The Biden Cabinet and other federal agencies are moving forward to act prior to the upcoming election to enact some employee-friendly rules that employers should start preparing for now. The US Department of Labor, the National Labor Relations Board, and the Equal Employment Opportunity Commission are all poised to move and change existing standards that will affect all employers.
The US Department of Labor (DOL) has proposed a rule concerning overtime regulations that will affect employers who classify employees as exempt under one of the overtime exemptions, thus making them ineligible for overtime pay. For an employee to be classified as exempt they must be paid a minimum salary ($35,568 under current federal law) and meet a duties test. The DOL has proposed increasing the minimum salary (anywhere from $50s to $80s have been heard by those in the know) and there may be big changes coming to the duties test as well, slashing the number of your employees who can be qualified as exempt and putting you on the hook for more overtime than ever before.
Employers have currently been relying on the Trump administration’s two factor test to determine whether a worker is an employee or an independent contractor: the degree to which the worker has control over the work and whether the worker can realize a profit or loss. The DOL will soon issue a final rule on its new test, which may look vastly different. Employers would be forced to use a “totality of the circumstances test,” which would come out in favor of employee status much more frequently.
The National Labor Relations Board has already issued a proposed rule which, when finalized, would make two employers joint employers if “they share or co-determine those matters governing employees’ essential terms and conditions of employment.” This increases the odds of joint employment being found for franchise operators and temporary or staffing agencies, which would require many employers to change the fundamental nature of their operations.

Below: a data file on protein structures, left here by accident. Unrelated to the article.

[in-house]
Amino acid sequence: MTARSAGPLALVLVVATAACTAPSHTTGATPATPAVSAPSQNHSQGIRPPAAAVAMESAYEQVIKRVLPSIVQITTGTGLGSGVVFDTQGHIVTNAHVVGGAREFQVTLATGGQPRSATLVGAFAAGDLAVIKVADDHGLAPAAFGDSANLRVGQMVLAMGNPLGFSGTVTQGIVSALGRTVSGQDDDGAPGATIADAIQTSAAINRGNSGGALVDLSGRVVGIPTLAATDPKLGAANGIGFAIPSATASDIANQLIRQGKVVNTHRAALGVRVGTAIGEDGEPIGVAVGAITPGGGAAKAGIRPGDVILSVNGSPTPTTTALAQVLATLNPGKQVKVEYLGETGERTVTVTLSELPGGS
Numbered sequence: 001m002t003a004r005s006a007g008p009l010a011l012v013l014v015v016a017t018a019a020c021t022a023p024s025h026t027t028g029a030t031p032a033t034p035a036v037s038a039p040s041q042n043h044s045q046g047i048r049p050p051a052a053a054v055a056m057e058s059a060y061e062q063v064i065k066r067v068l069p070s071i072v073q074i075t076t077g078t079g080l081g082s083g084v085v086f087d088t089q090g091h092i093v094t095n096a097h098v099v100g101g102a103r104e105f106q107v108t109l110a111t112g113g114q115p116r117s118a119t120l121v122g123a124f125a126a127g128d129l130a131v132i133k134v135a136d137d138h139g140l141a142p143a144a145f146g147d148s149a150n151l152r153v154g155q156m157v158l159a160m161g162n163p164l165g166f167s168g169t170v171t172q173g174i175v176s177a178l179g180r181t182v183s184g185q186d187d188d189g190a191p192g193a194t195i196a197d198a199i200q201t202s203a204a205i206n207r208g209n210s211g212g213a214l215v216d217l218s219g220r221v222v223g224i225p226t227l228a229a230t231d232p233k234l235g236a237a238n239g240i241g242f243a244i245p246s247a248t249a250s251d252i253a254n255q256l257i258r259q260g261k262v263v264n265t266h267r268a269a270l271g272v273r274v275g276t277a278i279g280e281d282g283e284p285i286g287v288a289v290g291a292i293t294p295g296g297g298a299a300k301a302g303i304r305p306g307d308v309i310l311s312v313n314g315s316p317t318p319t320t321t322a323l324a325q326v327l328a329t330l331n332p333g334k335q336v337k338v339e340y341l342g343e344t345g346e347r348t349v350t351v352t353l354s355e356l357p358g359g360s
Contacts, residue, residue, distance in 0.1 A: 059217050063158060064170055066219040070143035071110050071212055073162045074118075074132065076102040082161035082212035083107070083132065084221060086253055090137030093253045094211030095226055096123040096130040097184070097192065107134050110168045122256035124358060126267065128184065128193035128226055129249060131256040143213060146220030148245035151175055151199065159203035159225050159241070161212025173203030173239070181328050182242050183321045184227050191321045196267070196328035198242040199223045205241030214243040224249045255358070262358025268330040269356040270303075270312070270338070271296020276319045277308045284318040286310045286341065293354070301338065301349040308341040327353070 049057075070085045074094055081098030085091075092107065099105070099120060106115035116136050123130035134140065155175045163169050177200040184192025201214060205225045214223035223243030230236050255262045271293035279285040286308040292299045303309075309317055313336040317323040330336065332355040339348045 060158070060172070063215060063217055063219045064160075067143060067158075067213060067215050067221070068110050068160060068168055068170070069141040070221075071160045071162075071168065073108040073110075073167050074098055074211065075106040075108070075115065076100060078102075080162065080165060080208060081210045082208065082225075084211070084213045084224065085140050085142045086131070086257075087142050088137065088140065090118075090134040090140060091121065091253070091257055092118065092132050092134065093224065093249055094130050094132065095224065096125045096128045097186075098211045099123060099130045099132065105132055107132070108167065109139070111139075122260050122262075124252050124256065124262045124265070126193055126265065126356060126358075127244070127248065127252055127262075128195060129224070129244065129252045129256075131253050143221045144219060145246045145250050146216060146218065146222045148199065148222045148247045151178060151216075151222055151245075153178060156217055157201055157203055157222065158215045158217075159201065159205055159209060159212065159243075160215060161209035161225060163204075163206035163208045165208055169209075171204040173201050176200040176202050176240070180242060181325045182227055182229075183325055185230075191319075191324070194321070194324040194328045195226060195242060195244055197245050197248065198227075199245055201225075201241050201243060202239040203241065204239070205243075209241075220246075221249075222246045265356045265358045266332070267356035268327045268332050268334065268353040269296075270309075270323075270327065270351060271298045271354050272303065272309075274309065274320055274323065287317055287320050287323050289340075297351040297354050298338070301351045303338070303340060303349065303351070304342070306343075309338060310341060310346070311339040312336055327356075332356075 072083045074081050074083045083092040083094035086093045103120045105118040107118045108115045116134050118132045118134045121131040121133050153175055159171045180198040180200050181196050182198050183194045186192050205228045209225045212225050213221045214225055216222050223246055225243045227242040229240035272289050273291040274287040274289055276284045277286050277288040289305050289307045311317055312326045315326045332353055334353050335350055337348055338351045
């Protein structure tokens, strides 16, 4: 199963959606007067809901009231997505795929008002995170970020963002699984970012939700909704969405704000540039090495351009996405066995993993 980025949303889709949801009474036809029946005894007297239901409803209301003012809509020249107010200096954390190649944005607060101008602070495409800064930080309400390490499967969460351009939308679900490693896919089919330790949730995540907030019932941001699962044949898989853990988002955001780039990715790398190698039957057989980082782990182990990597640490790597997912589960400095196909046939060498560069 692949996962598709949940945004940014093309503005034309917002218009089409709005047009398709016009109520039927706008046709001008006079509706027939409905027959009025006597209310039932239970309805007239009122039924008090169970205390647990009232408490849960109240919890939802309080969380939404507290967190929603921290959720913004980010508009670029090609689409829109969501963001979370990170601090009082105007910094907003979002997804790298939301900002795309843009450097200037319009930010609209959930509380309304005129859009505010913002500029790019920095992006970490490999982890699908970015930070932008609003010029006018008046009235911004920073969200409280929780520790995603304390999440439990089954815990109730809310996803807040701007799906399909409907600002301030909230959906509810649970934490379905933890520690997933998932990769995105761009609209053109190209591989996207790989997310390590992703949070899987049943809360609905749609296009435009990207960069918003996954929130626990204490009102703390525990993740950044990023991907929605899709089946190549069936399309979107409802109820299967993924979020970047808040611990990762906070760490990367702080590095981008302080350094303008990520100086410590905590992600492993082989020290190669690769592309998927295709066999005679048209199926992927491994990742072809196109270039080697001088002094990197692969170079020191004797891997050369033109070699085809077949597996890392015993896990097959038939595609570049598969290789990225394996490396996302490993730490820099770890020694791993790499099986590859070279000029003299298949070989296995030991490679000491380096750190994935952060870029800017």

The EEOC is likely to resume its push to collect pay data that was shelved in 2019, creating another administrative burden on employers. Other EEOC initiatives include investigating and regulating corporate Diversity, Equity, and Inclusion (DEI) programs.
All federal agency rules are subject to court challenges, but employers are expected to comply as of the effective date of the rule, regardless of whether the rule is winding its way through the justice system. Following rules that favor labor can pose a hardship for a company, but failure to comply could be disastrous.
Are you more confused than ever about these changes? You are not alone. Do these changes really affect your business? Yes, they really do. Do you need to do anything about it? Yes, you need to make sure you have legal complaint policies that reflect these changes, so you avoid investigations from the DOL and EEOC. Be assured that your employees will be keeping an eye on these changes and if not administered correctly (i.e., legally), you can expect employee claims that will be extremely costly.
The good news is that you already know someone who can help. myHRcounsel will walk you through all the changes, our attorneys will personally draft legal policies specifically for your company and will answer any questions that you have regarding these and other HR/Employment issues. For information on how myHRcounsel can protect your business from monumental employment pitfalls, visit www.myhrcounsel.com/packages or contact us at email@example.com.
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